The gilded tube-nosed bat (Murina rozendaali) belongs to a genus of bats which are characterised by their conspicuous tube-like nostrils (5).
The gilded tube-nosed bat is distinguished from other members of the genusMurina by its longer skull length and the golden tips to the dark brown fur on the upperparts (3). The underparts of the gilded tube-nosed bat are white with a buffy or yellow tinge (4).
Like all Murina species, the gilded tube-nosed bat has rounded ears and a long and pointed tragus(4). The long tail of the gilded tube-nosed bat is almost completely enclosed within the tail membrane, which stretches between the ankles (4)(5)(6).
Gilded tube-nosed bats found in Peninsular Malaysia are significantly smaller than those from Sabah in Borneo (7).
Little is known of the biology and life history of the gilded tube-nosed bat. It is an insectivorous species (6), which flies low over the ground when hunting, skimming over the surface of crops and grass in search of prey (5).
Other bats in the genusMurina have been known to roost in the dead dry leaves of cardamom plants, in caves (5) and even in suspended birds’ nests (9). It is thought that the gilded tube-nosed bat is most likely to roost in foliage, and its roost sizes are likely to be small (1).
The gilded tube-nosed bat occurs in Peninsular Malaysia and at a few locations in Sabah, Borneo (1). In 2006, it was also recorded for the first time in central Kalimantan in Borneo (8), and it may also potentially occur in Thailand (1).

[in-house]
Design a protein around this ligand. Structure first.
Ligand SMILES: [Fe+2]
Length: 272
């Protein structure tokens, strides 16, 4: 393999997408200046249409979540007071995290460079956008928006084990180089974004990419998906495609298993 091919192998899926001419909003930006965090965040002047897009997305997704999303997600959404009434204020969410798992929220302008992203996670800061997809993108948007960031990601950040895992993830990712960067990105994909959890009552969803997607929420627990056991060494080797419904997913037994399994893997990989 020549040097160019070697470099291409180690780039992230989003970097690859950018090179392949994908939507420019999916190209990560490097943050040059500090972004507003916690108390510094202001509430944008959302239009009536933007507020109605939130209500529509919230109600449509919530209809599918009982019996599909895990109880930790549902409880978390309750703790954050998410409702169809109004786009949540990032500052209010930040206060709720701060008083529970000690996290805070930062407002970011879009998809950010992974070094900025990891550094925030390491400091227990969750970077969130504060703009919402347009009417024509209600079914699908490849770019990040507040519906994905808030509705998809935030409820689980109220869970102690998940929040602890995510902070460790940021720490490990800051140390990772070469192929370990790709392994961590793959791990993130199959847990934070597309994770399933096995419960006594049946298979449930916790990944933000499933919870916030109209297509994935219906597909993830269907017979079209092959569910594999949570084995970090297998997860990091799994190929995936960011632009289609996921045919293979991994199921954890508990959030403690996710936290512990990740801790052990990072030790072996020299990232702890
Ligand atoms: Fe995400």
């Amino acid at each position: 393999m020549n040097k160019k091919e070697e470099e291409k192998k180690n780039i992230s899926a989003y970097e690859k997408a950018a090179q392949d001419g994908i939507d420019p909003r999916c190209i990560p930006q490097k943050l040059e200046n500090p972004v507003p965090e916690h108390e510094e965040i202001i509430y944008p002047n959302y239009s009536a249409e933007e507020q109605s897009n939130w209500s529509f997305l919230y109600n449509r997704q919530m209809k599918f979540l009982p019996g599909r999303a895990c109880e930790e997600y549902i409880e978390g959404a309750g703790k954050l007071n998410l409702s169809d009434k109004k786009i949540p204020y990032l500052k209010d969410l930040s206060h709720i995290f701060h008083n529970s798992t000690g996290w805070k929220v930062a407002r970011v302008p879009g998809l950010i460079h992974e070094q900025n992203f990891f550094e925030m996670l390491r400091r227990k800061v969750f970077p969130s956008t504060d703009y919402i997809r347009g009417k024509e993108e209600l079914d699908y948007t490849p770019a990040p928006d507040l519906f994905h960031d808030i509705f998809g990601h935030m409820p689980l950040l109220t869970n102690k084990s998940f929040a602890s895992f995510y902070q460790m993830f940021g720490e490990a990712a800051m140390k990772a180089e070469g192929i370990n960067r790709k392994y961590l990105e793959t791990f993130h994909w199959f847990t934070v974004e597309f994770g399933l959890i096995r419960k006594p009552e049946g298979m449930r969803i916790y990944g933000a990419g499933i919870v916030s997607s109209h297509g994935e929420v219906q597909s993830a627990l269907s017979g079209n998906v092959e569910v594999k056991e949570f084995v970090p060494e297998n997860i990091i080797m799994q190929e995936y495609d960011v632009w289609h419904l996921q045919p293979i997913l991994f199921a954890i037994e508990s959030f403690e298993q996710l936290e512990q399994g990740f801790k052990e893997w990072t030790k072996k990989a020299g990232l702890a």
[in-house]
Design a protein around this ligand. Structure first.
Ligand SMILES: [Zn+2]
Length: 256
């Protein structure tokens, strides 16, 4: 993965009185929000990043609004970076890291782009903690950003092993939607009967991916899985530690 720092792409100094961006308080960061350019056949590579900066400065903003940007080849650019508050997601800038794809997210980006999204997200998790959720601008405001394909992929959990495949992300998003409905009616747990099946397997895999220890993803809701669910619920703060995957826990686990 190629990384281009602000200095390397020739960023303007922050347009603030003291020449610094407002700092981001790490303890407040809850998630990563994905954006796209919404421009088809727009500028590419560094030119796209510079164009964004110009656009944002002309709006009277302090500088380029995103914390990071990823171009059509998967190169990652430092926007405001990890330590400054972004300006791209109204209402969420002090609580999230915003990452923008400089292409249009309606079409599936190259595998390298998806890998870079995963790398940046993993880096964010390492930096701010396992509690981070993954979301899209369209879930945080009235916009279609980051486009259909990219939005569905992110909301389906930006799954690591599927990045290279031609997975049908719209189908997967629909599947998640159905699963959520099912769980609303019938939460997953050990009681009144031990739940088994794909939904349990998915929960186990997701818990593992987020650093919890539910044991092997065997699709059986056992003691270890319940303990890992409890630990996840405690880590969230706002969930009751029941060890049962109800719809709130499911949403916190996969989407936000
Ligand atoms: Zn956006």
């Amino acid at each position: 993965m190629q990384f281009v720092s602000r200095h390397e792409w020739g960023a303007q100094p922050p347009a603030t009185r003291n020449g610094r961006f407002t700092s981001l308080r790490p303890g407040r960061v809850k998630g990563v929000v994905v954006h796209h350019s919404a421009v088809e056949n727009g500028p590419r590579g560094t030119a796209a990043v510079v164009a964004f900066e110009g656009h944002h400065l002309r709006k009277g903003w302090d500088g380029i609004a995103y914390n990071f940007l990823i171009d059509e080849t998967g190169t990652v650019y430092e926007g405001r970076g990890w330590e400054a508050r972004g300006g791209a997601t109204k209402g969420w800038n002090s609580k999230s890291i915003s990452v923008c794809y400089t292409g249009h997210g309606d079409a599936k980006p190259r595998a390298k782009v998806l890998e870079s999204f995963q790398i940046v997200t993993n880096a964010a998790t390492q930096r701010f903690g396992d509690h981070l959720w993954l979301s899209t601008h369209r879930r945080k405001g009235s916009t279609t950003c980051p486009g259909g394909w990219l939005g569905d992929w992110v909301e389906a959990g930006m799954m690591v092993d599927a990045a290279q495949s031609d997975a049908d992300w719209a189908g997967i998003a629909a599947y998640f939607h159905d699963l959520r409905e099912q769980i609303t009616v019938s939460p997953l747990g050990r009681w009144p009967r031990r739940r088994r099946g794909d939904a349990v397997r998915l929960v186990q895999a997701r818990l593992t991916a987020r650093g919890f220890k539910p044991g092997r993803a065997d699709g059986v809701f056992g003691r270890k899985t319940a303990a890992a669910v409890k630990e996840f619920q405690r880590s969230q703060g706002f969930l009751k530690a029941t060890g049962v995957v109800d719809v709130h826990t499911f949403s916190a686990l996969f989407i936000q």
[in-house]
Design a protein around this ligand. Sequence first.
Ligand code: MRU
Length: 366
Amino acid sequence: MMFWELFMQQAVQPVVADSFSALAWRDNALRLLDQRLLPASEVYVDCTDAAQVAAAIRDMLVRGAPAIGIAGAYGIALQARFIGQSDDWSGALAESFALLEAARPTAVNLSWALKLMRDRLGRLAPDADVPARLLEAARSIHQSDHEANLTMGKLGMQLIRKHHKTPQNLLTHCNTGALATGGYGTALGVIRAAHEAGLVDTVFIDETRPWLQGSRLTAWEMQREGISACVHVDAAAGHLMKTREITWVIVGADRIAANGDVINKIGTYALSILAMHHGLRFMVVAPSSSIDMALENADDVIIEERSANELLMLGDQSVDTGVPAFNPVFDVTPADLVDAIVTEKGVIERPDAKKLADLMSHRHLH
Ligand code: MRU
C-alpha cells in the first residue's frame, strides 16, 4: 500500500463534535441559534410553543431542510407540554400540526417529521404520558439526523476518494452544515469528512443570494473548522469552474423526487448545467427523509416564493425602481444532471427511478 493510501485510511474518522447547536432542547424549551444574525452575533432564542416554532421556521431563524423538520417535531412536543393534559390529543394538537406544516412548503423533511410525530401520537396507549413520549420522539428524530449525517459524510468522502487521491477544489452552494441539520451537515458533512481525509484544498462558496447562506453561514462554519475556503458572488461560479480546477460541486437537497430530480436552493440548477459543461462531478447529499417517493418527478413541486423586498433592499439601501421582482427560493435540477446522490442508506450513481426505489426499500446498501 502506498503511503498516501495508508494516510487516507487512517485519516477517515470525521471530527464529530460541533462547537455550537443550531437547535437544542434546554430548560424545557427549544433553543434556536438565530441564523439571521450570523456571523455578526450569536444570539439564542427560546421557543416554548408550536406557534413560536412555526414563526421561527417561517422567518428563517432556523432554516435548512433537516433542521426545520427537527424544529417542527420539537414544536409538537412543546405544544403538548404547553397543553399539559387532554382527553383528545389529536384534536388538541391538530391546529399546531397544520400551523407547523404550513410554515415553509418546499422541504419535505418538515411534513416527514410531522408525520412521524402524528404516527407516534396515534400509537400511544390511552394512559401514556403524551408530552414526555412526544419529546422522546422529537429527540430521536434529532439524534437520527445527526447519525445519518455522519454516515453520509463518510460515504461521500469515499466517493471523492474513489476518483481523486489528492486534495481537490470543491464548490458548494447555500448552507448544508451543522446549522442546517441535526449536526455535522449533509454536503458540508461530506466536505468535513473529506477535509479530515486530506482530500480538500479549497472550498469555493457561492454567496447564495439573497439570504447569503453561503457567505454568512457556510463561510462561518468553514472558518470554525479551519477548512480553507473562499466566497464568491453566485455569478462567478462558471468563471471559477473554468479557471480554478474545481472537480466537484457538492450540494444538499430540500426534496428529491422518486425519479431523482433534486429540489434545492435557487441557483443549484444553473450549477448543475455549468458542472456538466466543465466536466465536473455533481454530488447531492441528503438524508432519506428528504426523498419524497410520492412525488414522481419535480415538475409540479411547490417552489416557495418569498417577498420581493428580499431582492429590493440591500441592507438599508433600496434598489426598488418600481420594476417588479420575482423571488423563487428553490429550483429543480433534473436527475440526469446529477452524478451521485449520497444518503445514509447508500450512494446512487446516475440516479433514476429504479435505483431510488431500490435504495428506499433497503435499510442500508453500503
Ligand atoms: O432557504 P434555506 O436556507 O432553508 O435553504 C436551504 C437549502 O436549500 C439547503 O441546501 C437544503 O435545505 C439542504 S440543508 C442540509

The lowland forest on which the gilded tube-nosed bat depends is rapidly declining due to logging and agriculture (1), particularly oil palm plantations (10). Fire has also become a significant threat to the forests of Malaysia and Indonesia in recent years. Tropical forests do not burn under natural conditions, but logging activities, which leave fuelwood on the forest floor and expose the understorey to drying, have created flammable conditions (10).
There are no specific conservation measures known to be in place for the gilded tube-nosed bat, but it does occurs in Krau Wildlife Reserve in Malaysia (1), which may offer the resident population some protection.
A number of conservation organisations, such as WWF, are also working to conserve forests in the regions inhabited by this elusive bat (11).
Forest dominated by trees in the family Dipterocarpaceae, resinous trees that are found in the old world tropics.
A category used in taxonomy, which is below ‘family’ and above ‘species’. A genus tends to contain species that have characteristics in common. The genus forms the first part of a ‘binomial’ Latin species name; the second part is the specific name.
Feeding primarily on insects.
A soft cartilaginous projection extending in front of the external opening of the ear. In bats, it plays an important role in filtering returning echoes in echolocation.
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